This “sword and sandal” tale recounts the gladiator rebellion led by Spartacus, who organizes a revolt of his fellow gladiators to stop the cruelty of the Coliseum games. At the time, gladiators were forced to fight each other to the death for the entertainment of the rich and powerful members of Roman society. Spartacus and his band of gladiators escape from the pens of the Coliseum and are pursued by Roman centurions with the orders to bring back the rebellious fighters dead or alive.Star: Dan Vadis
The only thing good about the above synopsis is the term “sword and sandal”, which I’ve adopted as a general description of the genre of this and most of the other movies in this set (having, at this point, watched 4% of the total). I’ve also decided to pluralize it, since none of the characters here has only one foot. Ignore the rest of that synopsis, it’s wildly inaccurate.
The main character of this movie is not Spartacus, played so well and so memorably by Kirk Douglas in the 1960 movie of the same name. I don’t know (and hesitate, a little, to speculate) if Spartacus and Cleopatra (starring Elizabeth Tailor) were responsible for spurring the creation of many or any of these 50 Warriors movies, or if there was a general interest in Greek and Roman themed movies in the early 1960’s.
The actual main character of this movie is a very muscular and apparently physically-fit man named “Rocha” or something similar. Sound quality on these movies is poor, and picking up character names is made no easier by the soundtrack (orchestral music throughout). Anyway, Rocha is a gladiator, which means he is apparently forbidden to ever wear a shirt. The movie opens with him and his 9 friends (that part of the title is accurate) witnessing a gruesome fight to the death of other, lower-ranked gladiators including a man forced to fight his own father. Of course, this brave man is saved from killing his father by a combination of his own willingness to stand up to brutal authority and the cooperation of another, unnamed gladiator in the same fight. Despite the senators’ insistence on death, these three condemned men (dude, father, and friend) survive the event, but are sold to a slave dealer in the arena pits instead of suffering death by torture by their owner. Rocha and co. speak up in defence of the brave slave-gladiators, and are promptly fired by their coliseum-employed-or-possibly-owning boss (who was the owner of the other gladiators).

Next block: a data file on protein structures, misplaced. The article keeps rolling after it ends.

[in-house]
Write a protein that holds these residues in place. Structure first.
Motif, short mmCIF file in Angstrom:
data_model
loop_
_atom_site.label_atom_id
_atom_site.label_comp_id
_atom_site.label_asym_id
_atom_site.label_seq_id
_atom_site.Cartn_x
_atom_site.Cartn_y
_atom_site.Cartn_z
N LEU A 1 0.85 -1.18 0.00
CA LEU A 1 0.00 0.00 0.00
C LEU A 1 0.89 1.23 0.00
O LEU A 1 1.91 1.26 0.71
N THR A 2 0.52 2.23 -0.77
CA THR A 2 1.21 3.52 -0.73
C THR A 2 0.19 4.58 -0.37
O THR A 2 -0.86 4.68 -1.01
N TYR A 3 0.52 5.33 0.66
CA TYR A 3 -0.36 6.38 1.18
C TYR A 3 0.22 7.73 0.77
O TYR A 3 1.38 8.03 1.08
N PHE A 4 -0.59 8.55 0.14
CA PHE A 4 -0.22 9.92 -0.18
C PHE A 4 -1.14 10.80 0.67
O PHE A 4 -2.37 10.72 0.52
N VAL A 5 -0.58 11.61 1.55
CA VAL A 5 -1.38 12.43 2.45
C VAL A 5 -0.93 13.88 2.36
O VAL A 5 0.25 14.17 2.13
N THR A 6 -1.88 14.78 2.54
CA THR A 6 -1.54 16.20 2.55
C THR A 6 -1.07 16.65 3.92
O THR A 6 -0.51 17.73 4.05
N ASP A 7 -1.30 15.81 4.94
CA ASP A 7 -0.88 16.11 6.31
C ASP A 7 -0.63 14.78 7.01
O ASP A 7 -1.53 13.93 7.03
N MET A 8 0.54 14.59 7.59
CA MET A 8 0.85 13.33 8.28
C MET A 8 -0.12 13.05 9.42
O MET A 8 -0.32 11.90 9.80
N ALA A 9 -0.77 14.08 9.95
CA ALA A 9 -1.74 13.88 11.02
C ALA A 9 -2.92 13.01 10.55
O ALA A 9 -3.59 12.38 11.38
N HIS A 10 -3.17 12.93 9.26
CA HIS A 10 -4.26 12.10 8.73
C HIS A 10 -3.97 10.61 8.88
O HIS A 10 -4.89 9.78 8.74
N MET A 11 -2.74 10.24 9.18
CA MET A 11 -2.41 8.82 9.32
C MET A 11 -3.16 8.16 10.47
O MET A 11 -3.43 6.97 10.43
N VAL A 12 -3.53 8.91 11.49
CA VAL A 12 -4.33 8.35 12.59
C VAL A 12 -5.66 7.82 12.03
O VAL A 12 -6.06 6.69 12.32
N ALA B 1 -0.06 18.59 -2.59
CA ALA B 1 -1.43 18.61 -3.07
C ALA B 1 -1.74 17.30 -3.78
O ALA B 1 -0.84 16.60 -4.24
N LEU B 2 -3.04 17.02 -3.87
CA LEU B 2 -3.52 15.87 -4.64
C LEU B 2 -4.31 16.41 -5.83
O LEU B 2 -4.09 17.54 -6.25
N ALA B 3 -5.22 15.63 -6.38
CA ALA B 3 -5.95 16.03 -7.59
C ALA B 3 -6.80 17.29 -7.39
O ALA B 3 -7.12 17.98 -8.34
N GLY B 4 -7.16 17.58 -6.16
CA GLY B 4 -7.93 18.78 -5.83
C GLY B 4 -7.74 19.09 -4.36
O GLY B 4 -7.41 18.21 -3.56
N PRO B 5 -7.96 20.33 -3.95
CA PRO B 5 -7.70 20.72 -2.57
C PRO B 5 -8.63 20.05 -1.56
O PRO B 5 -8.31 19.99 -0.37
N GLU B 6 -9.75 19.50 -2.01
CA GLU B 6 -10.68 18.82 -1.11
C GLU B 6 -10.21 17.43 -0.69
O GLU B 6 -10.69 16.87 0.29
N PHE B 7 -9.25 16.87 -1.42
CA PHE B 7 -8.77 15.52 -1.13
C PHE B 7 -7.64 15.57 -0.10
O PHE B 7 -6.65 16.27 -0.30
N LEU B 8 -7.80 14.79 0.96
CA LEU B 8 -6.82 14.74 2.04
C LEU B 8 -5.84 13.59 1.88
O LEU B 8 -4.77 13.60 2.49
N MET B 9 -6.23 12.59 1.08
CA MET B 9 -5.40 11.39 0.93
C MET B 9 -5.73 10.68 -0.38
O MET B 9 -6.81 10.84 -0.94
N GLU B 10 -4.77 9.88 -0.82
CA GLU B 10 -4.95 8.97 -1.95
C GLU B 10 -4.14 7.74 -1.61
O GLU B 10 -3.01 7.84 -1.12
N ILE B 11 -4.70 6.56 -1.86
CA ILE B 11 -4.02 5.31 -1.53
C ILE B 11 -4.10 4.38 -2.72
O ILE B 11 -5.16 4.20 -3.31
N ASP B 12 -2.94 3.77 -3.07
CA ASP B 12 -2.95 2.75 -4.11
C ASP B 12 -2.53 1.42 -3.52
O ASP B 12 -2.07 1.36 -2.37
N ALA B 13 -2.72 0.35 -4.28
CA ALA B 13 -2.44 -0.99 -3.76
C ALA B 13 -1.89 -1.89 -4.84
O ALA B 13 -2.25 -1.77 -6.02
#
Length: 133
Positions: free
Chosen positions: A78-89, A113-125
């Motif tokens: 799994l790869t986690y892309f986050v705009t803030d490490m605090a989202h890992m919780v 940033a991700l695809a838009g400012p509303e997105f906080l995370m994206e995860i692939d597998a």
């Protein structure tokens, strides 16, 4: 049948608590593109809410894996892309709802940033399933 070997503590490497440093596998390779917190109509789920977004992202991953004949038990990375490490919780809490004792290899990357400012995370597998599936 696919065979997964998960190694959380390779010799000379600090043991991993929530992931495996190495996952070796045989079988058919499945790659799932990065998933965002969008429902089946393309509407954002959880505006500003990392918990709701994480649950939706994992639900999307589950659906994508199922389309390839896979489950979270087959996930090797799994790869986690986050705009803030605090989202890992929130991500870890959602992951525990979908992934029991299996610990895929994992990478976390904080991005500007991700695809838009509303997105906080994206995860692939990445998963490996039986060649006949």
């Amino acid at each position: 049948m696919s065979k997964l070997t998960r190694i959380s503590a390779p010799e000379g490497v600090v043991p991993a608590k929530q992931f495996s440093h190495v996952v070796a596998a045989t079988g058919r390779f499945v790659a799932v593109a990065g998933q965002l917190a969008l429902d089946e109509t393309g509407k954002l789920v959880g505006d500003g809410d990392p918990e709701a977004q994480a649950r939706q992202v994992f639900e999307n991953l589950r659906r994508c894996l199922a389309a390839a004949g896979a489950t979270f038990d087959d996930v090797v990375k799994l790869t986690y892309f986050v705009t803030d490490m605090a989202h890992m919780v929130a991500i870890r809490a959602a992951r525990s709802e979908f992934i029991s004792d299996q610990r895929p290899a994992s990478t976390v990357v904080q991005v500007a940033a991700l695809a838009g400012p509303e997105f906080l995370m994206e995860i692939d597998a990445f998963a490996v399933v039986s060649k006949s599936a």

I could be wrong about some of the professional relationships; most of the key events of the first 20 minutes are not of obvious importance until a bit later. Spartacus might have been one of the slave-gladiators; this would fit the Kirk Douglas story, making this an interesting ‘sidequel’ to the legend of Spartacus. I’m not sure about that part, though; the slave-gladiators might have been included only to emphasize the twin evils of slavery and gladiatorial combat.
Cut to the now-unemployed Rocha and co. walking o’er the land (i.e. Italy, circa 1 AD). Rocha is perhaps the tallest of the 10 gladiators, certainly he is not the largest (one huge guy with a beard fills that role; that guy also drives the horse cart). Rocha does have the best hair, though. They grumble about their recent lack of food, until they see a fight going on, including the ever-popular damsel in distress. Being men of valour (and large muscles, and no shirts), the 10 gladiators rush into the fight and save the woman from the bandits. She turns out to be the daughter of a senator, and rather arrogant, too. There’s a longish sequence of the gladiators being amused that she’s upset she was knocked to the ground by a gladiator to save her from an arrow launched by one of the bandits.
Once everyone gets over their initial disturbance (girl) and mild aerobic workout (gladiators), they head back to the senator’s mansion. The senator wishes to thank the gladiators, Rocha insists they would not have done any different regardless of her wealth and rank, more conversation follows, food is mentioned, and the gladiators decide to stay a while. The senator, over dinner, describes how these bandits have been causing trouble for a while, and are led by a rebellious slave / badguy named “Spartacus”. At this point, slave-trader dude from the Coliseum shows up – he’s the chief of security for the senator, and has just gotten back from yet another unsuccessful attempt to track down and capture Spartacus and friends. The gladiators are talked into promising to capture this foul bandit Spartacus (who launches arrows at beautiful women!), and set off the next morning.